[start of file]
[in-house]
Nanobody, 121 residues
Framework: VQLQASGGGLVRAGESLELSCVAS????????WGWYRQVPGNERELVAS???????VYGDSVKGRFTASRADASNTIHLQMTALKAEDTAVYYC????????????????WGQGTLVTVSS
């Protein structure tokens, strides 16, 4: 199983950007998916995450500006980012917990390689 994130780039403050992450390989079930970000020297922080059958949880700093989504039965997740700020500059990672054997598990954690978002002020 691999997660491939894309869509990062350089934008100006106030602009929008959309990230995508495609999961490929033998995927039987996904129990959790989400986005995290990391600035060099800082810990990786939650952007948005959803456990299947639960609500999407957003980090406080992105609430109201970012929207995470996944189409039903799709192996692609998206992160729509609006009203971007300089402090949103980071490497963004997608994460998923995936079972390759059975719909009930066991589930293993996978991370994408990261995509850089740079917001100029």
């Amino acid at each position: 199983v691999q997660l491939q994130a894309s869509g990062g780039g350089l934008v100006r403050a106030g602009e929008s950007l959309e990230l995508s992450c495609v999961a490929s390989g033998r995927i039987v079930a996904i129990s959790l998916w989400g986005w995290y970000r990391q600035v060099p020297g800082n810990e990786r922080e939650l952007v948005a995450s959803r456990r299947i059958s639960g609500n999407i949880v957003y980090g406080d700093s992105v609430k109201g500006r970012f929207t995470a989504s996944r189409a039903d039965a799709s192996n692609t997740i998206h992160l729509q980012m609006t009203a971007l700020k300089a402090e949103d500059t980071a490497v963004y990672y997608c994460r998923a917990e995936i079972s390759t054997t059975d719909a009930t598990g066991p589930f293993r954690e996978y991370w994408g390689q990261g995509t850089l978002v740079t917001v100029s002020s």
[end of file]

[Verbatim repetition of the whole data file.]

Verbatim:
[in-house]
Nanobody, 121 residues
Framework: VQLQASGGGLVRAGESLELSCVAS????????WGWYRQVPGNERELVAS???????VYGDSVKGRFTASRADASNTIHLQMTALKAEDTAVYYC????????????????WGQGTLVTVSS
């Protein structure tokens, strides 16, 4: 199983950007998916995450500006980012917990390689 994130780039403050992450390989079930970000020297922080059958949880700093989504039965997740700020500059990672054997598990954690978002002020 691999997660491939894309869509990062350089934008100006106030602009929008959309990230995508495609999961490929033998995927039987996904129990959790989400986005995290990391600035060099800082810990990786939650952007948005959803456990299947639960609500999407957003980090406080992105609430109201970012929207995470996944189409039903799709192996692609998206992160729509609006009203971007300089402090949103980071490497963004997608994460998923995936079972390759059975719909009930066991589930293993996978991370994408990261995509850089740079917001100029």
């Amino acid at each position: 199983v691999q997660l491939q994130a894309s869509g990062g780039g350089l934008v100006r403050a106030g602009e929008s950007l959309e990230l995508s992450c495609v999961a490929s390989g033998r995927i039987v079930a996904i129990s959790l998916w989400g986005w995290y970000r990391q600035v060099p020297g800082n810990e990786r922080e939650l952007v948005a995450s959803r456990r299947i059958s639960g609500n999407i949880v957003y980090g406080d700093s992105v609430k109201g500006r970012f929207t995470a989504s996944r189409a039903d039965a799709s192996n692609t997740i998206h992160l729509q980012m609006t009203a971007l700020k300089a402090e949103d500059t980071a490497v963004y990672y997608c994460r998923a917990e995936i079972s390759t054997t059975d719909a009930t598990g066991p589930f293993r954690e996978y991370w994408g390689q990261g995509t850089l978002v740079t917001v100029s002020s």